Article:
Clearly, for best results, the temperature pH dependency must be used when standardizing with tris. It directly follows that when tris is used to control the pH of a sample, the degree of control will be dependent on sample temperature. If the sample temperature varies by 2°C, the pH control varies by approximately 0.06 pH units. The desired pH control will dictate the maximum allowable temperature fluctuations.

Tris is a primary aliphatic amine and can react with some samples. When tris is used to control sample pH, the possibility of a reaction with the sample should be considered. For example, tris forms a stable complex with Silver ion. The presence of Silver ion in the sample may rule out using tris to control the pH of the sample.

PH Measurements Using Tris Buffers

  1. Use an electrode pair or combination with a ceramic or sleeve-type junction.
  2. Calomel or Silver/Silver Chloride type references will be satisfactory for most measurements. However, the possibility of introducing heavy metal ions (Ag+, Hg22+) should be considered. This problem is less likely to occur when a calomel reference is used due to the lower solubility of Mercurous Chloride versus Silver Chloride. Introducing heavy metals into the sample can be eliminated by using a double junction system with either reference.
  3. Tris buffers should be prepared from high purity tris and HCl using C02-free distilled or deionized water.
  4. The pH of tris buffers is temperature dependent. For most accurate work, all solutions should be thermostated.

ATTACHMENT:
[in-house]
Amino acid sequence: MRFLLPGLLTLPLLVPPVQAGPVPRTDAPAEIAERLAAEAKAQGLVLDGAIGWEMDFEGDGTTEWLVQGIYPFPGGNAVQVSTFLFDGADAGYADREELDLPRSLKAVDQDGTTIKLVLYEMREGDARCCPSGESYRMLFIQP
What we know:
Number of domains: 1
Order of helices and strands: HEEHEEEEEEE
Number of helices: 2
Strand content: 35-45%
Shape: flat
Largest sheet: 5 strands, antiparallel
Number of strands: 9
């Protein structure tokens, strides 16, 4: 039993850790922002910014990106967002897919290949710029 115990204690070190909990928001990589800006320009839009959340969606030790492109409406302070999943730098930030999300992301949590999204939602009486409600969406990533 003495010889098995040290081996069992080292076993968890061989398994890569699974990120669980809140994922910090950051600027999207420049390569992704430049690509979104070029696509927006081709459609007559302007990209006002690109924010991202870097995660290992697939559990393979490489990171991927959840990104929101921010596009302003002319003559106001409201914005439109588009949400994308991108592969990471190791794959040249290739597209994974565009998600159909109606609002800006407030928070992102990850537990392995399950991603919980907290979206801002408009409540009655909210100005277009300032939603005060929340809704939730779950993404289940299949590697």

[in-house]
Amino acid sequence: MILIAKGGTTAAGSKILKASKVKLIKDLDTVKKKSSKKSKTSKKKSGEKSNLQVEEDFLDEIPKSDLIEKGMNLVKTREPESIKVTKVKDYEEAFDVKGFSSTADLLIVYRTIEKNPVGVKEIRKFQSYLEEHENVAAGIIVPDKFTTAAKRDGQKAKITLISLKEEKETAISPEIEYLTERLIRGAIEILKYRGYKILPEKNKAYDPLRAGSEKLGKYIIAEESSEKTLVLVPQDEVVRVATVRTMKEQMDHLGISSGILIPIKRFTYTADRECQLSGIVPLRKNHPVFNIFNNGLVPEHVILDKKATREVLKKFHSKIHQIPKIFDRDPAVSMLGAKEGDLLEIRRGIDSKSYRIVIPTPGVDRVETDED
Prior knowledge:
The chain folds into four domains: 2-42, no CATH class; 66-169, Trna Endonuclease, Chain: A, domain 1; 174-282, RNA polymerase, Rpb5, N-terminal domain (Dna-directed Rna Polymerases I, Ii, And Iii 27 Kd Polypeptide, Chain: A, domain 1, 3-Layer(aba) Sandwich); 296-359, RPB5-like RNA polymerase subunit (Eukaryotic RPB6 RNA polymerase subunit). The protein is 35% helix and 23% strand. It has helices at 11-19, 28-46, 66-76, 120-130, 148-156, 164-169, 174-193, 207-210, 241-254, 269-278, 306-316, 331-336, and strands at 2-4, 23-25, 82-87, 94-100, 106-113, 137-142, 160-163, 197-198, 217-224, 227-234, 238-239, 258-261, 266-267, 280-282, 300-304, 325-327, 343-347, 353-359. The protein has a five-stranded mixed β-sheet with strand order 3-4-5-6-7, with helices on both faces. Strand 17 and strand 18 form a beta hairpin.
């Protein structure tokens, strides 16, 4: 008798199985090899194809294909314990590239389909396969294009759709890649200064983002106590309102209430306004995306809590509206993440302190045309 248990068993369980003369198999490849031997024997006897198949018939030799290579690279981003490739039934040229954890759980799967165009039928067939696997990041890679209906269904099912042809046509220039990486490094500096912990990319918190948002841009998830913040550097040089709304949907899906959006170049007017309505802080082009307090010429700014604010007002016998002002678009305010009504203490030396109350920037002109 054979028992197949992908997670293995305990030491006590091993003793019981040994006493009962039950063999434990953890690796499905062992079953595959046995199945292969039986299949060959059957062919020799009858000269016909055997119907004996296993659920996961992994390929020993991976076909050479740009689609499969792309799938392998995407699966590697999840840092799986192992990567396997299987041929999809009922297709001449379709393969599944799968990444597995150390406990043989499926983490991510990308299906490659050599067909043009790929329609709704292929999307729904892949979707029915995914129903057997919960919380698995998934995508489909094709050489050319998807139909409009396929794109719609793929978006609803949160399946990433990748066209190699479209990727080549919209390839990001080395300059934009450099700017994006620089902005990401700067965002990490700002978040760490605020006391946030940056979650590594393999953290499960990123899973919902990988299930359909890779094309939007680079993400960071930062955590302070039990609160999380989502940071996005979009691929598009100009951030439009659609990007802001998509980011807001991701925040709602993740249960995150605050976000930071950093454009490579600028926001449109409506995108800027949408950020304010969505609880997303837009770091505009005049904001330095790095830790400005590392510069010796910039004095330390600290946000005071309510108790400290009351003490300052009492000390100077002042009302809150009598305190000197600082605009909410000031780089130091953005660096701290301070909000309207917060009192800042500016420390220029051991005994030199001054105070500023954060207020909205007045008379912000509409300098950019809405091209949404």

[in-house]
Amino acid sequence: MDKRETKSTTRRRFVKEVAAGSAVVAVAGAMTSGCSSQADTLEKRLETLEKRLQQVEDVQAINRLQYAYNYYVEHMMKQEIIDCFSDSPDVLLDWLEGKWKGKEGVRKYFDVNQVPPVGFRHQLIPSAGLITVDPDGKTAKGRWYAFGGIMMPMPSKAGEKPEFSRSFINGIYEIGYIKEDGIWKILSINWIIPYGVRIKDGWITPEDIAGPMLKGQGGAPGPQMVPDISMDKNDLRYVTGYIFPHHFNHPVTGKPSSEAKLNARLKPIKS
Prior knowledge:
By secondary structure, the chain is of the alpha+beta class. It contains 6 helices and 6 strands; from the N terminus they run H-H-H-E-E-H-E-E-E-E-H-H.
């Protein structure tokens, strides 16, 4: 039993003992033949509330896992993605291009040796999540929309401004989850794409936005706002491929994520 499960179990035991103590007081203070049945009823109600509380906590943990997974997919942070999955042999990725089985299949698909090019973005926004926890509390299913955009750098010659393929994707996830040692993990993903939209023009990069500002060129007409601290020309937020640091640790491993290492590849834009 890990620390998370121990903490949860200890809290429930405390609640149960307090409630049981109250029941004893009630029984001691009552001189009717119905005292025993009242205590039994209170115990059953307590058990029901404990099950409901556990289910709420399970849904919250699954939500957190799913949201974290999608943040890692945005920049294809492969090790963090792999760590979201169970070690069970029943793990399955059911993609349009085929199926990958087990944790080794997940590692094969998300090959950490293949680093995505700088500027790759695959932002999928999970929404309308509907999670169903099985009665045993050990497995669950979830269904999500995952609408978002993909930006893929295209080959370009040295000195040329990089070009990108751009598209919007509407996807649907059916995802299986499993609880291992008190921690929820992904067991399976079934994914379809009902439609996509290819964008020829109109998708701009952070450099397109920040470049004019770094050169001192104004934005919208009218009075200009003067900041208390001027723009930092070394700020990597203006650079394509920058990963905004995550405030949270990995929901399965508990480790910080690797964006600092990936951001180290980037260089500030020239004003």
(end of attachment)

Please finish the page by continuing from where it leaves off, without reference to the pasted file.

Table 1


50mL 0.1 M tris (hydroxymethyl)-aminomethane, x mL 0.1 M HCI,
Diluted to I00mL dpH/dt = – 0.028 unit deg.-1; I = 0.001X

pHxβApH I/2
7.0046.6 – -0.02
7.5040.30.017 -0.02
8.0029.20.029 -0.02
8.7010.30.020 -0.01
9.005.7 -0.01

a) From R.G. Bates, Determination of pH Theory and Practice, 2nd ed., p. 161, John Wiley and Sons; Inc., Now York, 1962.


  1. R. G. Bates, Part 1. Physiochemical Properties of Amine Buffers, Amino Buffers for pH Control. Ann. N.Y. Acad. Sci., 92,341 (1961).
  2. R. E. Benesch and R. Benesch, The Stability of the Silver Complex of Tris (Hydroxymethyl) Aminomethane, J. Am. Chem. Chem Soc., 77,2749 (1955).
  3. J. H. Fossum ot. al., Tris (Hydroxymothyl) Aminomethane as an Acidimetric Standard, Anal. Chem. 23,491 (1951).
  4. W. F. Koch et. al., Tris (Hydroxymethyl) Aminomethane – A Primary Standard?, Talanta 32,637 (1975).
  5. Sigma Technical Bulletin 106B (3-72), Sigma Chemical Go., St. Louis, MO.

Suggested Readings

  • N. E. Good et. al., Hydrogen Ion Buffers for Biological Research, Biochemistry 5,467 (1966).
  • R.A. Durst and B. R. Staples, Tris/Tris HCI: A Standard Buffer for Use in the Physiologic pH Range, Clin. Chem. 18,206 (1972).
  • R. G. Bates ot. al., pH Standard for Bood and Other Physiologic Media, Clin. Chem. 7,292 (1961).